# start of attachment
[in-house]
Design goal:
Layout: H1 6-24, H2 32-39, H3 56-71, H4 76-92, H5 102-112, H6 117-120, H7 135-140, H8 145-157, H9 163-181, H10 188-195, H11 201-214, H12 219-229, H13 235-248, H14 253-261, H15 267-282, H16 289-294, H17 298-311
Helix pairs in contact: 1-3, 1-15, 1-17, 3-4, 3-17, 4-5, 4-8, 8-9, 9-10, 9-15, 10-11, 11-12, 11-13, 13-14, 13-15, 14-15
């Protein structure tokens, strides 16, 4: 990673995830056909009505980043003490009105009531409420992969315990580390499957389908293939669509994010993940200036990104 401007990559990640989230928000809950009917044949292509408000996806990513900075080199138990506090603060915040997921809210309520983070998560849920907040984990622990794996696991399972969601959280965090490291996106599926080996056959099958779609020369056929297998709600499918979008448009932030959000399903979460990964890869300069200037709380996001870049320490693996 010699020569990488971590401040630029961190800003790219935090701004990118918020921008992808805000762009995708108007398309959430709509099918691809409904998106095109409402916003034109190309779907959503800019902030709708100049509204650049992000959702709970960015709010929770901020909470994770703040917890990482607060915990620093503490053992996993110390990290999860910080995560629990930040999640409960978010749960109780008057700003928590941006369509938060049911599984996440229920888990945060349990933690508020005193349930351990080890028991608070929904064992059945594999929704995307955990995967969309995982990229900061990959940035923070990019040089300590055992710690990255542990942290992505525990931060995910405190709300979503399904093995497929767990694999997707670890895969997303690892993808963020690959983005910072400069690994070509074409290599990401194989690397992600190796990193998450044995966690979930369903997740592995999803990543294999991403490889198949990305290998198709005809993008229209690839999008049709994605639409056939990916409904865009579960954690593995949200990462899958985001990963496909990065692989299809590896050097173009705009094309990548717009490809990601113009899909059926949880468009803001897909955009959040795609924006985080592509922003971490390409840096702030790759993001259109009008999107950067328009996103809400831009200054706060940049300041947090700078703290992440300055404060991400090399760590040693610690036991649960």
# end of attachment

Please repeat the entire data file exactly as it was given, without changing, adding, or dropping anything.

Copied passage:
[in-house]
Design goal:
Layout: H1 6-24, H2 32-39, H3 56-71, H4 76-92, H5 102-112, H6 117-120, H7 135-140, H8 145-157, H9 163-181, H10 188-195, H11 201-214, H12 219-229, H13 235-248, H14 253-261, H15 267-282, H16 289-294, H17 298-311
Helix pairs in contact: 1-3, 1-15, 1-17, 3-4, 3-17, 4-5, 4-8, 8-9, 9-10, 9-15, 10-11, 11-12, 11-13, 13-14, 13-15, 14-15
């Protein structure tokens, strides 16, 4: 990673995830056909009505980043003490009105009531409420992969315990580390499957389908293939669509994010993940200036990104 401007990559990640989230928000809950009917044949292509408000996806990513900075080199138990506090603060915040997921809210309520983070998560849920907040984990622990794996696991399972969601959280965090490291996106599926080996056959099958779609020369056929297998709600499918979008448009932030959000399903979460990964890869300069200037709380996001870049320490693996 010699020569990488971590401040630029961190800003790219935090701004990118918020921008992808805000762009995708108007398309959430709509099918691809409904998106095109409402916003034109190309779907959503800019902030709708100049509204650049992000959702709970960015709010929770901020909470994770703040917890990482607060915990620093503490053992996993110390990290999860910080995560629990930040999640409960978010749960109780008057700003928590941006369509938060049911599984996440229920888990945060349990933690508020005193349930351990080890028991608070929904064992059945594999929704995307955990995967969309995982990229900061990959940035923070990019040089300590055992710690990255542990942290992505525990931060995910405190709300979503399904093995497929767990694999997707670890895969997303690892993808963020690959983005910072400069690994070509074409290599990401194989690397992600190796990193998450044995966690979930369903997740592995999803990543294999991403490889198949990305290998198709005809993008229209690839999008049709994605639409056939990916409904865009579960954690593995949200990462899958985001990963496909990065692989299809590896050097173009705009094309990548717009490809990601113009899909059926949880468009803001897909955009959040795609924006985080592509922003971490390409840096702030790759993001259109009008999107950067328009996103809400831009200054706060940049300041947090700078703290992440300055404060991400090399760590040693610690036991649960």